INTRODUCTION: The coronavirus 2019 (COVID-19) pandemic disease has imposed an unprecedented degree of stress on healthcare systems. This study aimed to understand whether COVID-19 positivity is associated with an increased risk of adverse outcomes after geriatric hip fracture surgery. METHODS: From a national administrative claims data set, patients who underwent hip fracture surgery from April 1, 2020, to December 1, 2020 were selected for analysis. COVID-19-positive status was assessed by the emergency International Classification of Diagnoses, 10th Revision, COVID-19 code within 2 weeks before the surgery. Demographic, comorbidity, and 30-day postoperative adverse event information were extracted. Logistic regression before and after 10:1 propensity matching was performed to identify patient risk factors associated with the occurrence of postoperative adverse events. RESULTS: Of 42,002 patients who underwent hip fracture surgery, 678 (1.61%) were identified to be positive for COVID-19 infection. No significant differences in age, sex, and procedure type were found between COVID-19-positive and COVID-19-negative groups, but the COVID-19-positive patients demonstrated a higher incidence of several comorbidities. These differences were no longer significant after matching. After matching, the COVID-19-positive group had a higher incidence of any, serious, and minor adverse events (P < 0.001 for all). Controlling for preoperative variables, COVID-19 positivity was associated with an increased risk of experiencing any adverse events (odds ratio [OR] = 1.62, 95% confidence interval [95% CI] = [1.37 to 1.92], P < 0.001), serious adverse events (OR = 1.66, 95% CI = [1.31 to 2.07], P < 0.001), and minor adverse events (OR = 1.59, 95% CI = [1.34 to 1.89], P < 0.001). DISCUSSION: After matching and controlling for confounding variables, COVID-19-positive hip fracture patients had increased odds of multiple postoperative events. Clinicians caring for this vulnerable geriatric population should be mindful of this risk to improve the care for these patients during the ongoing global pandemic.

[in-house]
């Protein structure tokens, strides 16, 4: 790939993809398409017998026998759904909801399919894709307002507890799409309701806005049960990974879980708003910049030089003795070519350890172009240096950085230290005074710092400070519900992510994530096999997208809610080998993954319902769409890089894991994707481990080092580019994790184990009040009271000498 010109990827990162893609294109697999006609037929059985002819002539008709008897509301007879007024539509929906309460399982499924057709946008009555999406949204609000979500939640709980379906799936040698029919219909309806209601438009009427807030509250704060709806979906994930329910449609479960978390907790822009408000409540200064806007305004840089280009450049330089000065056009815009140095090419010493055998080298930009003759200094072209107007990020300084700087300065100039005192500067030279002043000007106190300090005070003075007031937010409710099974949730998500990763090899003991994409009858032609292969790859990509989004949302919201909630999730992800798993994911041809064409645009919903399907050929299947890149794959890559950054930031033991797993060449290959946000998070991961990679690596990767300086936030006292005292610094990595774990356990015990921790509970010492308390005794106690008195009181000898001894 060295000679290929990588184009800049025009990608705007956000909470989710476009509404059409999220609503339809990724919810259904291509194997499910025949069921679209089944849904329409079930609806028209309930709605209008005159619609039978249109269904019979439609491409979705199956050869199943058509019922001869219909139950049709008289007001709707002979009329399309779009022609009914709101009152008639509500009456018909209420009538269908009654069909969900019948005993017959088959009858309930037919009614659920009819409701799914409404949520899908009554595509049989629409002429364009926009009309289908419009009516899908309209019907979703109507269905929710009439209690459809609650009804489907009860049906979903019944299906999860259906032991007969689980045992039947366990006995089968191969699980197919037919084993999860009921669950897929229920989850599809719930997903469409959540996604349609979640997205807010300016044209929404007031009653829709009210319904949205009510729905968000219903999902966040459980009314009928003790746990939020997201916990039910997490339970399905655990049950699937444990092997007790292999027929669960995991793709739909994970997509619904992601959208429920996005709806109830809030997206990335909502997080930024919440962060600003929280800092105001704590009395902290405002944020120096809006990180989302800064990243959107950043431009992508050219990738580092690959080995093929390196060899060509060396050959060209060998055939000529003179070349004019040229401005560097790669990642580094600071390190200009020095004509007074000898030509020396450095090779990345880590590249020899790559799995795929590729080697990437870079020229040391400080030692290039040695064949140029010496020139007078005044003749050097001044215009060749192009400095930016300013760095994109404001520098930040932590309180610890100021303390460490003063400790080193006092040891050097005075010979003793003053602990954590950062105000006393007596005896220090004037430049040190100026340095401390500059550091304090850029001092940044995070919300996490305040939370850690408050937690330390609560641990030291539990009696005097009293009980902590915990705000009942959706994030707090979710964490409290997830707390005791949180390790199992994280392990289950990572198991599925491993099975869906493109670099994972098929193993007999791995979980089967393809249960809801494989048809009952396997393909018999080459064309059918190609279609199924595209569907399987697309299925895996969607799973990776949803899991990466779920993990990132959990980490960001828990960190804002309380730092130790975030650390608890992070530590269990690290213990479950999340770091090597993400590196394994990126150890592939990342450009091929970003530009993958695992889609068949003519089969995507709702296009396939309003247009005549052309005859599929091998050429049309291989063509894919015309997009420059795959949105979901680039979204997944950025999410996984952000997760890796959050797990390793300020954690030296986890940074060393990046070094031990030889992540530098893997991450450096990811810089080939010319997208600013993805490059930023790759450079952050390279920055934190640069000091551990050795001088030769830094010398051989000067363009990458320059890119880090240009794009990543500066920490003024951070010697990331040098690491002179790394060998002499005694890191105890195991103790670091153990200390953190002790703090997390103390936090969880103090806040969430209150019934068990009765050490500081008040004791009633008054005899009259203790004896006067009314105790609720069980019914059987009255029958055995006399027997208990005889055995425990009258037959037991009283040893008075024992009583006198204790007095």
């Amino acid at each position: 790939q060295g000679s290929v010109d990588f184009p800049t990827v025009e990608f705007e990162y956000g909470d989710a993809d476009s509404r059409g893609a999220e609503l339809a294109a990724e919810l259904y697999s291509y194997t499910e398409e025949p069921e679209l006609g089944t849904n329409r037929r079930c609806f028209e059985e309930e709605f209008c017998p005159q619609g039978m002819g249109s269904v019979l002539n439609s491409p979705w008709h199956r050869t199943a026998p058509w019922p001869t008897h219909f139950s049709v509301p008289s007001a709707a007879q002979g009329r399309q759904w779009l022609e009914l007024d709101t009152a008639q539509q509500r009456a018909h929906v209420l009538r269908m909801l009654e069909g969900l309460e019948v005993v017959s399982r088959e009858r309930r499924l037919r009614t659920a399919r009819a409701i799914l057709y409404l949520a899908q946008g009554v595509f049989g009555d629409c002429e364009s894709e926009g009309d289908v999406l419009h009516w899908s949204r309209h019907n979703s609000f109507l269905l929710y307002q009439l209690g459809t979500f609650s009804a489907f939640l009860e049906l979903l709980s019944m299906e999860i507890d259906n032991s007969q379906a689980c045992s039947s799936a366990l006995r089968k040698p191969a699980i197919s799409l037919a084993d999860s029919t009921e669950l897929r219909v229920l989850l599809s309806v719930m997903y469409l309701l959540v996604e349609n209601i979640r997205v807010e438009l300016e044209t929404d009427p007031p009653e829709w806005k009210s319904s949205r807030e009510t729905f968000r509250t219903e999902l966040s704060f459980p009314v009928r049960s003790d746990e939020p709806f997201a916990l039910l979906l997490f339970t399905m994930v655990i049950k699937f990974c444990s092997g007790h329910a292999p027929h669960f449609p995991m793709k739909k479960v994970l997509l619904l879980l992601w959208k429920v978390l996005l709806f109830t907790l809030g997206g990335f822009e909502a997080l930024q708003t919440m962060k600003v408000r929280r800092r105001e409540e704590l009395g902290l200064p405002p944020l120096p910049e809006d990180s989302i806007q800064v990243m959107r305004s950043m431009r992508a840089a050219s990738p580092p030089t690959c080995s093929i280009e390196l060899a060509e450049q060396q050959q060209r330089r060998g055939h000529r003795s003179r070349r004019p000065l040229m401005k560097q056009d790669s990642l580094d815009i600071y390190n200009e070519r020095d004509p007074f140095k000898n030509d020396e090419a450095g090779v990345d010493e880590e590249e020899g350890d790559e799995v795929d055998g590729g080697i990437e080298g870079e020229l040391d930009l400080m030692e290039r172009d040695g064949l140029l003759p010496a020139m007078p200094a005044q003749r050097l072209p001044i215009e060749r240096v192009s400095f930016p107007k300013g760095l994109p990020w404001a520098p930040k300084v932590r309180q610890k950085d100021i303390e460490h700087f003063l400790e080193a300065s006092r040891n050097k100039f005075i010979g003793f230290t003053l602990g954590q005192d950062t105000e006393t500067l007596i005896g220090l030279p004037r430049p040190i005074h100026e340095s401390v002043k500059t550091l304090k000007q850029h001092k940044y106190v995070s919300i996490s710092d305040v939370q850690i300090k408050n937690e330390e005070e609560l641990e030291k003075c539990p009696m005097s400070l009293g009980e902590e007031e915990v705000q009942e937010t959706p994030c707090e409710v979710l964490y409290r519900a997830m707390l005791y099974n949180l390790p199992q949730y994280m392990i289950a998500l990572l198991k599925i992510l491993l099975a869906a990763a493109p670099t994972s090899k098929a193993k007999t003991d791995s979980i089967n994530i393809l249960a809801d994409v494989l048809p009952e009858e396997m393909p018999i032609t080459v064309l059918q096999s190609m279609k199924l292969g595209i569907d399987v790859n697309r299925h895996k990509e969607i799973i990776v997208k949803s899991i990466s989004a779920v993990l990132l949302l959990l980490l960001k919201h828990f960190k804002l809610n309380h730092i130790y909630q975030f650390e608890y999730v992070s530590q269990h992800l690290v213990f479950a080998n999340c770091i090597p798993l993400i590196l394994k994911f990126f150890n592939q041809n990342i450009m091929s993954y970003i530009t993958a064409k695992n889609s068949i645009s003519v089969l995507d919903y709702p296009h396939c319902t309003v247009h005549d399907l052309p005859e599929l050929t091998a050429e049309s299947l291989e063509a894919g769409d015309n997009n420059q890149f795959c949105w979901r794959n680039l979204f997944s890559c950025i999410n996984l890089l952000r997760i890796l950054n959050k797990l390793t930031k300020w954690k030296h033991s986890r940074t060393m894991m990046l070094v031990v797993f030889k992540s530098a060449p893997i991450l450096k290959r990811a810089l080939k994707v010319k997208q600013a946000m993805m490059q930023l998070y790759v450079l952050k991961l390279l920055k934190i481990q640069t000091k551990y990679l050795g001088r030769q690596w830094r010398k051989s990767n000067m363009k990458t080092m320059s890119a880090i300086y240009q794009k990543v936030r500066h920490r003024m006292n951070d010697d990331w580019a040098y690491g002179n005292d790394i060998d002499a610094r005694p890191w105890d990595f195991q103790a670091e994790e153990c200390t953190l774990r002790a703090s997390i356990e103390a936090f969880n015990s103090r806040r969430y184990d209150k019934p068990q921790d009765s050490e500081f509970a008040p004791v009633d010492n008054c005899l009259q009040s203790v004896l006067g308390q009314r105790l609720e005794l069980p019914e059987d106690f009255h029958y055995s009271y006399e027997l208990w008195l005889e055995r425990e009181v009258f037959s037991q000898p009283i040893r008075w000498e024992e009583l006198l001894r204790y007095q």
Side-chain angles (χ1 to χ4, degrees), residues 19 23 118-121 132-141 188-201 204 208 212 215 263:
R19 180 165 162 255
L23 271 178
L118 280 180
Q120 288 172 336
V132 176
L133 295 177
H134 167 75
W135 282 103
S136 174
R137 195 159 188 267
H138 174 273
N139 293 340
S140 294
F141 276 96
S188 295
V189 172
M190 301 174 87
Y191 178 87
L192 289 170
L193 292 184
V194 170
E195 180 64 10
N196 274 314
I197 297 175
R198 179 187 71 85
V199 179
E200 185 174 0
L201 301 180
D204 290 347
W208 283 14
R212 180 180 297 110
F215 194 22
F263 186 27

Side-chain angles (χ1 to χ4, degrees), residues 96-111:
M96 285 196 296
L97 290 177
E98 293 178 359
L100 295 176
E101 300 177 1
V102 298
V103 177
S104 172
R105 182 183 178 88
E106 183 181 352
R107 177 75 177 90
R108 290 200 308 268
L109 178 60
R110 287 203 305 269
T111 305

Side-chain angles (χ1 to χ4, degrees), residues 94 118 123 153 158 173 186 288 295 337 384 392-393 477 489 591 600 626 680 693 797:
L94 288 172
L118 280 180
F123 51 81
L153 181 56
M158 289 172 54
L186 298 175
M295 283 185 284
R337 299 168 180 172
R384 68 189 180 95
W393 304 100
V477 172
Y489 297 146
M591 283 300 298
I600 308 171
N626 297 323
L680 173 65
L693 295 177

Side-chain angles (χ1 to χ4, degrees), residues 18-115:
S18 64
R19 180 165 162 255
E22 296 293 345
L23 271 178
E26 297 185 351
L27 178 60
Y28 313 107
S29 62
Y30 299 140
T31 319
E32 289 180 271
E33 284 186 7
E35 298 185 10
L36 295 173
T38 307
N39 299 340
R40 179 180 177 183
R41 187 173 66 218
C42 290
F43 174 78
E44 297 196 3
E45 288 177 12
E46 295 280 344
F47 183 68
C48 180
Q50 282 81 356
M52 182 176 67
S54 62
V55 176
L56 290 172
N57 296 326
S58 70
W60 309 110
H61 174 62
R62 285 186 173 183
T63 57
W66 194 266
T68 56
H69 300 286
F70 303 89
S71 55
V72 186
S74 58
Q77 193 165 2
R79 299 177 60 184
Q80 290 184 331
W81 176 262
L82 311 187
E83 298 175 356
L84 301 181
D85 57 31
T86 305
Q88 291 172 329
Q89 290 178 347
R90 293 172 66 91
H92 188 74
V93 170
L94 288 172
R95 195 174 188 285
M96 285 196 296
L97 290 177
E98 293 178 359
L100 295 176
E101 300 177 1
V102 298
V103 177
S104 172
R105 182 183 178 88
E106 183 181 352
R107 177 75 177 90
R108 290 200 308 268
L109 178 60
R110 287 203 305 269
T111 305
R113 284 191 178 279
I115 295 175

Subject(s)
COVID-19 , Hip Fractures , Aged , Hip Fractures/epidemiology , Humans , Postoperative Complications/epidemiology , Retrospective Studies , SARS-CoV-2
17.
J Heart Lung Transplant ; 41(3): 327-333, 2022 03.
Article in English | MEDLINE | ID: covidwho-1520991

ABSTRACT